The Problem With December Magazine Covers

Just a couple of words on yet another event in the life of Kim Kardashian's butt (its autobiographic book is coming soon, no doubt). The most interesting thing about her recent, provocative, butt-centric cover, actually, was its title: "Break the Internet." A print magazine being so aware of its own unimportance—to the extent it immediately connects its controversial cover to the great pastures of the online world—is quite refreshing.

Magazines are shifting and struggling, and that's hardly news. Sure, all of them have fancy websites these days, but those operate as independent entities, leaving their printed godmothers to fend for themselves. The future seems brighter for niche, independent publications such as Kinfolk, The Gentlewoman or the newborn Assistant, a magazine focused on the highly desirable subject of careers in fashion. The big ones, however, are currently caught between two missions: catching up and trying to offer added value.

A brief look at major magazines' December covers proves things are stagnant. The stars of U.S. Elle, British Vogue and U.S. Glamour are women we've seen plenty of. Rihanna is so overdone by every possible media outlet, even a champagne balancing trick couldn't save her. Lupita Nyong'o has secured her token role in magazines awkwardly promoting "diversity" this year but clearly, she's up there by herself— her cover work in 2014 was very prolific. As for Vogue Britain's choice of Kate Moss . . . well, Moss is surely an icon, but please. There must be fascinating models out there that haven't been around for 20 years. How about Sam Rolinson? Or anyone new, risky, and interesting to head up issues?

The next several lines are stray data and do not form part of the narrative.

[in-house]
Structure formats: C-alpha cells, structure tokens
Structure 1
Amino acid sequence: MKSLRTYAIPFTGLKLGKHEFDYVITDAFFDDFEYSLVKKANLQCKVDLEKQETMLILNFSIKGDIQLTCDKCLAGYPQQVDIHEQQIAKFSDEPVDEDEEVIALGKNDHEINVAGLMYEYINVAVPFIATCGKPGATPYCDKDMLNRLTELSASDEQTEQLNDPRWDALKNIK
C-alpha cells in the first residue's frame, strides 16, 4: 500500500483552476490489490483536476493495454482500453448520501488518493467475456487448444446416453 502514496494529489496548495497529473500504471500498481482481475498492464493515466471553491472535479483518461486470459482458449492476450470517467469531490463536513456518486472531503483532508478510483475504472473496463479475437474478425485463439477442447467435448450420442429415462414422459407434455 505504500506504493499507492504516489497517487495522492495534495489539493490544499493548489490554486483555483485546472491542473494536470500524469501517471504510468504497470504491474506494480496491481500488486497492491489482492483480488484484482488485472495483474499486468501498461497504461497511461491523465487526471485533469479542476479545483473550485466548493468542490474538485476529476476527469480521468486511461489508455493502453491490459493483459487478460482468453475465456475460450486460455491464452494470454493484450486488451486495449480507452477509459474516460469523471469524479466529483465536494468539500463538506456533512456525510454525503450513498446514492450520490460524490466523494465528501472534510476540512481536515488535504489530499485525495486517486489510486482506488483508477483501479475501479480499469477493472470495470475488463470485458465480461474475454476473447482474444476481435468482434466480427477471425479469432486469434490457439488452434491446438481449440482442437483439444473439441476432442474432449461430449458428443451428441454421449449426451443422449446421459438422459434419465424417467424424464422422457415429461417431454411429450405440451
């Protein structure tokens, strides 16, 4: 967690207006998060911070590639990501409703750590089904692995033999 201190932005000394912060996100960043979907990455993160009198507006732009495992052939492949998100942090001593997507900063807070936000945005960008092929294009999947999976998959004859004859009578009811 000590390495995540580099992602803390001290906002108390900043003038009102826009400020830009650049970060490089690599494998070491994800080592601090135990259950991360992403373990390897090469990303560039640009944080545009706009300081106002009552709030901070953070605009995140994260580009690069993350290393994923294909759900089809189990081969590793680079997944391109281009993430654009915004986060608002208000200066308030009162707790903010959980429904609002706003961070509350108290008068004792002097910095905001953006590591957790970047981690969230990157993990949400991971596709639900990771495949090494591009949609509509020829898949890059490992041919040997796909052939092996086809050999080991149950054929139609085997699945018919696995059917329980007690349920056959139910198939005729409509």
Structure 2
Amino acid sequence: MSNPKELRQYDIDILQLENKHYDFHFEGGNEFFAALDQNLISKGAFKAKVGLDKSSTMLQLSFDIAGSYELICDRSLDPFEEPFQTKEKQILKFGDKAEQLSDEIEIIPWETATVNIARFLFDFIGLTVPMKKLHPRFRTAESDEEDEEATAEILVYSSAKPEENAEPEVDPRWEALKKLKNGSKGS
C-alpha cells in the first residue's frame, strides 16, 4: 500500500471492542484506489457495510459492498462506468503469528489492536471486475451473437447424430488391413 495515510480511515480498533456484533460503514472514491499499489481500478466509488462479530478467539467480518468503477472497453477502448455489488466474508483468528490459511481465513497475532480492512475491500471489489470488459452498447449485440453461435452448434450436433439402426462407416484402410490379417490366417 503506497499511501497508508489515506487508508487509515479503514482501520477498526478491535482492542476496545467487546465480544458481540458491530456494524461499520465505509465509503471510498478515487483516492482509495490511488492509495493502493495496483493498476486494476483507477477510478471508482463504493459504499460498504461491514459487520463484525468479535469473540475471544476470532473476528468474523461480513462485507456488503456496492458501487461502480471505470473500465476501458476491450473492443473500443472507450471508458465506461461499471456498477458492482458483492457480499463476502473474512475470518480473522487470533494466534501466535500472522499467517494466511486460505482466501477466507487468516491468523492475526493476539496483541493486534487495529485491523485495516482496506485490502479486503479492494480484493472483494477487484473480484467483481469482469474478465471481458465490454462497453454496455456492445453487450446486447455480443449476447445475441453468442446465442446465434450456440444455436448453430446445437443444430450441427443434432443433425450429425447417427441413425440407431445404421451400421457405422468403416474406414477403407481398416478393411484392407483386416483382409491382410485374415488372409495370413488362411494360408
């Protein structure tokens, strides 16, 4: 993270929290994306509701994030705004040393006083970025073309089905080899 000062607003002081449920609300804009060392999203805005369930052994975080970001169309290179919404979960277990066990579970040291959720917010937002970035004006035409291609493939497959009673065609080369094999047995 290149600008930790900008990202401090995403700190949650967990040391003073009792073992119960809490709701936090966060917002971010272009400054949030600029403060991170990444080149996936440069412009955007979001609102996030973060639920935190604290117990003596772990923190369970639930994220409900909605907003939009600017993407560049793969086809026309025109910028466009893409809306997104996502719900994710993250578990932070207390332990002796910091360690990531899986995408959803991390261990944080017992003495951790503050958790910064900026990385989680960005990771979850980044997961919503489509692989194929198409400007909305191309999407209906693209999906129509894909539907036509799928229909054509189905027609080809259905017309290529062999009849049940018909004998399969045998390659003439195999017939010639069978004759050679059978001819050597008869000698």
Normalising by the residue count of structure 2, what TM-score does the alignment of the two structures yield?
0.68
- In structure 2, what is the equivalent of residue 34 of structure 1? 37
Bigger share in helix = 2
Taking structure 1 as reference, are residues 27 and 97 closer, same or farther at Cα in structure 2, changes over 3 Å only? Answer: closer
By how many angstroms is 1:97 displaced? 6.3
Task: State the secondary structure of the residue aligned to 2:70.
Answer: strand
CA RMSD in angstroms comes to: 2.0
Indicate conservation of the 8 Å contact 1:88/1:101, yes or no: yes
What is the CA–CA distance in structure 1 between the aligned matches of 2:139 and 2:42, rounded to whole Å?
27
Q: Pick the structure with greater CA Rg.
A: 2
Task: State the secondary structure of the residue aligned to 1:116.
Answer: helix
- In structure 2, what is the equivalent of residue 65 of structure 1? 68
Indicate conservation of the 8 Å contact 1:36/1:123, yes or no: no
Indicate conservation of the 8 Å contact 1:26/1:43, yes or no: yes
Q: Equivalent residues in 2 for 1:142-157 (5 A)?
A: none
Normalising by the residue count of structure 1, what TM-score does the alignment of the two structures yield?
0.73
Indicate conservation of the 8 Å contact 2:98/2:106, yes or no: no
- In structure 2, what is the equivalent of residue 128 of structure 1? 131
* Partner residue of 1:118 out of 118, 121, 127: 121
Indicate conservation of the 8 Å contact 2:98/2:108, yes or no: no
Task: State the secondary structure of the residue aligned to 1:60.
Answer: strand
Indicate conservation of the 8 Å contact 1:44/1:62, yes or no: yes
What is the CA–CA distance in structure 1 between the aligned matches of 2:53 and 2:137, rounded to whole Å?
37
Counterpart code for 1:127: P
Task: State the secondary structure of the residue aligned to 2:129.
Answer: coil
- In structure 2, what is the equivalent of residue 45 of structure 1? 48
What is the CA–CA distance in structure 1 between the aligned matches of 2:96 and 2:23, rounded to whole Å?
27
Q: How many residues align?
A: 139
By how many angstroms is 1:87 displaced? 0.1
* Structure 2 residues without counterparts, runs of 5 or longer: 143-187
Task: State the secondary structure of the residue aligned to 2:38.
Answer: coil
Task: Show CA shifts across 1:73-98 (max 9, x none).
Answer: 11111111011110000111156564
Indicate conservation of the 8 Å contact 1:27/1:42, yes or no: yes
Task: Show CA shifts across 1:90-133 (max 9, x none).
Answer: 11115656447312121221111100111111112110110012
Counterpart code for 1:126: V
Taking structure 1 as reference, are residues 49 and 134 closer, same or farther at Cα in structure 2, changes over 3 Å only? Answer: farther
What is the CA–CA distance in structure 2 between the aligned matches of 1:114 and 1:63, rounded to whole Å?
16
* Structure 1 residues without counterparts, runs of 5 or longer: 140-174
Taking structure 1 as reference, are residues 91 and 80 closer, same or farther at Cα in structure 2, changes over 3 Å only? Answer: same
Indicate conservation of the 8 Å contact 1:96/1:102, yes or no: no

Who's that girl? Brooke Candy on the cover of Indie

Paper Magazine (which, by the way, is a free, not-very-well-made and pretentious—but who cares?) is at least taking its insignificance in stride, covering the most clicks-generating, guilty-pleasure person of 2014 and going straight for the buzz while avoiding any attempt to create genuine content. The big, mainstream magazines simply slug along, recycling the same stars over and over again, too tired to surprise us. By tuning into popular demand (there's only one Kardashian, and Vogue got her already, but hey, there's always Rihanna's boobs) they forego what could be their re-defined pursuit—to thrill and enrich us beyond internet's superficiality. Next December, editors should try and place on their covers curious women we've never heard of. Our lives would be so much better and more interesting if they did; magazine publishers have everything to gain. 

If you like this article, please share it! Your clicks keep us alive!